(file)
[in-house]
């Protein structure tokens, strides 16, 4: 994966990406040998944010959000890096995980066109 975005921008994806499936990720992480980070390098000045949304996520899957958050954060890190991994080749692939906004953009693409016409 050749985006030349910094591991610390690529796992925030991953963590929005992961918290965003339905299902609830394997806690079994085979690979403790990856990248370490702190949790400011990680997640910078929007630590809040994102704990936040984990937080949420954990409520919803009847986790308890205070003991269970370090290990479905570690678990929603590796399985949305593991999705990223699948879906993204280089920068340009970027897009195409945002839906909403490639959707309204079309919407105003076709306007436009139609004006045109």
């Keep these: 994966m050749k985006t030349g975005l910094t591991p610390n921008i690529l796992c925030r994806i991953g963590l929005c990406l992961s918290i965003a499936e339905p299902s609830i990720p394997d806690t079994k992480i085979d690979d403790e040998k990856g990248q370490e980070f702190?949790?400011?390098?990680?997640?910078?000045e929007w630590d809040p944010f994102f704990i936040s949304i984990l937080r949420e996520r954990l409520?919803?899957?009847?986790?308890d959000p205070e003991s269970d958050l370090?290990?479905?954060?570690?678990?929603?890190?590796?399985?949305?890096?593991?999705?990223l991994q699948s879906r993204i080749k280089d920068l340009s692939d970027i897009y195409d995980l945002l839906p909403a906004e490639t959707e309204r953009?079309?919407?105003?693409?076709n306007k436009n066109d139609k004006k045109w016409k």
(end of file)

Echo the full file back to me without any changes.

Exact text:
[in-house]
């Protein structure tokens, strides 16, 4: 994966990406040998944010959000890096995980066109 975005921008994806499936990720992480980070390098000045949304996520899957958050954060890190991994080749692939906004953009693409016409 050749985006030349910094591991610390690529796992925030991953963590929005992961918290965003339905299902609830394997806690079994085979690979403790990856990248370490702190949790400011990680997640910078929007630590809040994102704990936040984990937080949420954990409520919803009847986790308890205070003991269970370090290990479905570690678990929603590796399985949305593991999705990223699948879906993204280089920068340009970027897009195409945002839906909403490639959707309204079309919407105003076709306007436009139609004006045109």
């Keep these: 994966m050749k985006t030349g975005l910094t591991p610390n921008i690529l796992c925030r994806i991953g963590l929005c990406l992961s918290i965003a499936e339905p299902s609830i990720p394997d806690t079994k992480i085979d690979d403790e040998k990856g990248q370490e980070f702190?949790?400011?390098?990680?997640?910078?000045e929007w630590d809040p944010f994102f704990i936040s949304i984990l937080r949420e996520r954990l409520?919803?899957?009847?986790?308890d959000p205070e003991s269970d958050l370090?290990?479905?954060?570690?678990?929603?890190?590796?399985?949305?890096?593991?999705?990223l991994q699948s879906r993204i080749k280089d920068l340009s692939d970027i897009y195409d995980l945002l839906p909403a906004e490639t959707e309204r953009?079309?919407?105003?693409?076709n306007k436009n066109d139609k004006k045109w016409k």